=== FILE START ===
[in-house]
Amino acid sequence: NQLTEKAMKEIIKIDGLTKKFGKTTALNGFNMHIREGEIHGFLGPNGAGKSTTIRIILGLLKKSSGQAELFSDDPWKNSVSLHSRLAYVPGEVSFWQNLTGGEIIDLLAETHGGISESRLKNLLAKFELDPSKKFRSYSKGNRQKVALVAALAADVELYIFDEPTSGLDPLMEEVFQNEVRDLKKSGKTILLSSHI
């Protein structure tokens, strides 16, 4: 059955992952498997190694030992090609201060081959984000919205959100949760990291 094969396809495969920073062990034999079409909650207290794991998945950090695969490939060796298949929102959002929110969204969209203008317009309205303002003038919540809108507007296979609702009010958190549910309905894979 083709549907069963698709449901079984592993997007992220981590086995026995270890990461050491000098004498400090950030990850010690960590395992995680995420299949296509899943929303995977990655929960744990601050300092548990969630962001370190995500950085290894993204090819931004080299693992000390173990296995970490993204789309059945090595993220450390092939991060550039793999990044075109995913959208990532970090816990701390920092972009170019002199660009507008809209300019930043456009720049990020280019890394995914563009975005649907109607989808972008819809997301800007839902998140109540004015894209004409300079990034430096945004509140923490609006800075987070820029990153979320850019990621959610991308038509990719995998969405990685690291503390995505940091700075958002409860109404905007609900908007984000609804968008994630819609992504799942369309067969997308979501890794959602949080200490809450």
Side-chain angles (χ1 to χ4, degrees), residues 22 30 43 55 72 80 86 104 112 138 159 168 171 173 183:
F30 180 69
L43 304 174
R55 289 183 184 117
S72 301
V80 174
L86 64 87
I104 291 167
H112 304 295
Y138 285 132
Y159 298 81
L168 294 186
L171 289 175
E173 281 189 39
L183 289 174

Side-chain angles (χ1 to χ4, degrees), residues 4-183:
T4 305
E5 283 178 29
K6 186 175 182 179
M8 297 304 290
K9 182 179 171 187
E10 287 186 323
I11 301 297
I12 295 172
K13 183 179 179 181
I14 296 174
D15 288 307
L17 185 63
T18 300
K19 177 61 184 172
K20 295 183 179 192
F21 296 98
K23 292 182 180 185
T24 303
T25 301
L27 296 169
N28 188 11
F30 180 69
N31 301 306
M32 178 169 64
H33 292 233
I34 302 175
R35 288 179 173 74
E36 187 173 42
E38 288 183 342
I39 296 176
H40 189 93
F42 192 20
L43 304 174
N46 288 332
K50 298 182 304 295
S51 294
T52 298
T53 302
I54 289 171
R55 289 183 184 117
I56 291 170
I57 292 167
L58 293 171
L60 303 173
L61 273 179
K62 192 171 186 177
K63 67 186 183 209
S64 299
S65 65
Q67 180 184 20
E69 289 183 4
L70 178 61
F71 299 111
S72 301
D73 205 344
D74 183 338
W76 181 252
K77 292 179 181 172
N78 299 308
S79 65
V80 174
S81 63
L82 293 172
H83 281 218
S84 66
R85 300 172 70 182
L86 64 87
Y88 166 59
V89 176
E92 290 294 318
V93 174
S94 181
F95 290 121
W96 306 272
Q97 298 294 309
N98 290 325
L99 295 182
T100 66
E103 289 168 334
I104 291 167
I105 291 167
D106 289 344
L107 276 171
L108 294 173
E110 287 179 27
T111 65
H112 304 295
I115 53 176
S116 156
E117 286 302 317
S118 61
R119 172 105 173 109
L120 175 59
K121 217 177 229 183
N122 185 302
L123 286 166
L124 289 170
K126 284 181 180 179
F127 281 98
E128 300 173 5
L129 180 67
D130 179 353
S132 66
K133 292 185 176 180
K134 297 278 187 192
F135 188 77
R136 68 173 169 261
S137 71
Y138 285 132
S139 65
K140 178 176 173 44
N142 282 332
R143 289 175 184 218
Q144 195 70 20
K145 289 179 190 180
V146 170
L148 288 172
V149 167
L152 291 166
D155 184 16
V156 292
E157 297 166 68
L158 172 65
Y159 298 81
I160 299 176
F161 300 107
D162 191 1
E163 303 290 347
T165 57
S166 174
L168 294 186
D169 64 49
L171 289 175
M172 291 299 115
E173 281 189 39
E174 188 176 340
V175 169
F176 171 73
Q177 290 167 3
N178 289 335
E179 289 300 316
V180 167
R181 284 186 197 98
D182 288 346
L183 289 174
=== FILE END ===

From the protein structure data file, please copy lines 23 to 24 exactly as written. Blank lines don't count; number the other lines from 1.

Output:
M8 297 304 290
K9 182 179 171 187